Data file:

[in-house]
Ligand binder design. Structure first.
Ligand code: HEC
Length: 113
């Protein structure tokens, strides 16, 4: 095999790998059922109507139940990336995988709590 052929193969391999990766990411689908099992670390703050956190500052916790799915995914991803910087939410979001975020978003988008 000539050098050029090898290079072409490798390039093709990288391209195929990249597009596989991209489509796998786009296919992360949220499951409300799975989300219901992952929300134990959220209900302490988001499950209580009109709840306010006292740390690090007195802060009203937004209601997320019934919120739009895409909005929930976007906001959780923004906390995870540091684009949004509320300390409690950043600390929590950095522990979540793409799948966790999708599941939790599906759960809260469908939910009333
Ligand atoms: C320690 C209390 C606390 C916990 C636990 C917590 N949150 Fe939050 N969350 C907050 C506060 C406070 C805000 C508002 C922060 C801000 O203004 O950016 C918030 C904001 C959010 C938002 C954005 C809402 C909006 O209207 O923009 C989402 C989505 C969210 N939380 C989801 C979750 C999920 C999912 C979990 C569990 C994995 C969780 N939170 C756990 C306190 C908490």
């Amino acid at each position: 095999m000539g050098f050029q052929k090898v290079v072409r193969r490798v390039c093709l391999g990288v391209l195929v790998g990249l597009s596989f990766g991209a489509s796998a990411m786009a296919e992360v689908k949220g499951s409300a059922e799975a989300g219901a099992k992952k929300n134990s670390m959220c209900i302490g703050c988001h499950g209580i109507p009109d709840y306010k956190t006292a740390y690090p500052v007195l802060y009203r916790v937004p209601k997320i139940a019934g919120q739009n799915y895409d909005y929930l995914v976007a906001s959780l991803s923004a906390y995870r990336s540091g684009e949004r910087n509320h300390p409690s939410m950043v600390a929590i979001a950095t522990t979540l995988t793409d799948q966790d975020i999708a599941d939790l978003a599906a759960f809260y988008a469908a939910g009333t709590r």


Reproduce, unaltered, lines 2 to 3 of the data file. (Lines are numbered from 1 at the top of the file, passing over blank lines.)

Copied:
Ligand binder design. Structure first.
Ligand code: HEC